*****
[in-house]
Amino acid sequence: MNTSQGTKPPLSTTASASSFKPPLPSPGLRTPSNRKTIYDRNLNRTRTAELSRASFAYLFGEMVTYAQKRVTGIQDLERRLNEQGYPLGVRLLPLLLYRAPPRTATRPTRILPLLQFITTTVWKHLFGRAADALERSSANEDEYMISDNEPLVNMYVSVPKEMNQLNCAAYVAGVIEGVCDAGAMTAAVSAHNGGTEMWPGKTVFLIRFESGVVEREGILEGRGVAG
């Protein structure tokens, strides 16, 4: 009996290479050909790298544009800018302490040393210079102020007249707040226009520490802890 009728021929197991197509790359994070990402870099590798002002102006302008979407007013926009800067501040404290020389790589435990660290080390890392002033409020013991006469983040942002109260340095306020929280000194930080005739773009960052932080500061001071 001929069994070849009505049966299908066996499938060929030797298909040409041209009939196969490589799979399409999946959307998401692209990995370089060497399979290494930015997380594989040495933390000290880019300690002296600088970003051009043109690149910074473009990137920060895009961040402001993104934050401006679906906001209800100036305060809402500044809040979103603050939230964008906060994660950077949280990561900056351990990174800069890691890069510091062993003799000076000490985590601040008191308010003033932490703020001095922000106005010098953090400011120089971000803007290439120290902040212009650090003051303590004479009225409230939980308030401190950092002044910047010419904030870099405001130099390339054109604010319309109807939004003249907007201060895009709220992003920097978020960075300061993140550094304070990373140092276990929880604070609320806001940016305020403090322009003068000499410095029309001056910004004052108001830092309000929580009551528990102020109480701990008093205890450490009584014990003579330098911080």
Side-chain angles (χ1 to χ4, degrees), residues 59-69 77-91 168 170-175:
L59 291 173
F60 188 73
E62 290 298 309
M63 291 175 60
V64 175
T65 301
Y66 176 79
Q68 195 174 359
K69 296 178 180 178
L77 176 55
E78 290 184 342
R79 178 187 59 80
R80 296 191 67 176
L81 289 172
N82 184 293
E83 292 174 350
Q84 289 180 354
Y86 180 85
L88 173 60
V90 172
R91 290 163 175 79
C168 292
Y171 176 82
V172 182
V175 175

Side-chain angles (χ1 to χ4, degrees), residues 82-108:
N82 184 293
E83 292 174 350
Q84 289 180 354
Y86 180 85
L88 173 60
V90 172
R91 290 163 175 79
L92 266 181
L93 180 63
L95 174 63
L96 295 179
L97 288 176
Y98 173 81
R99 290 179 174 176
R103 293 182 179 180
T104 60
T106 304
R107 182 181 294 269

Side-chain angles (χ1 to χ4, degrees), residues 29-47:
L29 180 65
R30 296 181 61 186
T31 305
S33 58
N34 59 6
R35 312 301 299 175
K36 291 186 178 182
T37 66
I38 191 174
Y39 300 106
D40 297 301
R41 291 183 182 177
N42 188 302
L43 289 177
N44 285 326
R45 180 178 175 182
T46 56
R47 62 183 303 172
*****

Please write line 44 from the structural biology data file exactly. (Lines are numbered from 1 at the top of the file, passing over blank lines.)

R99 290 179 174 176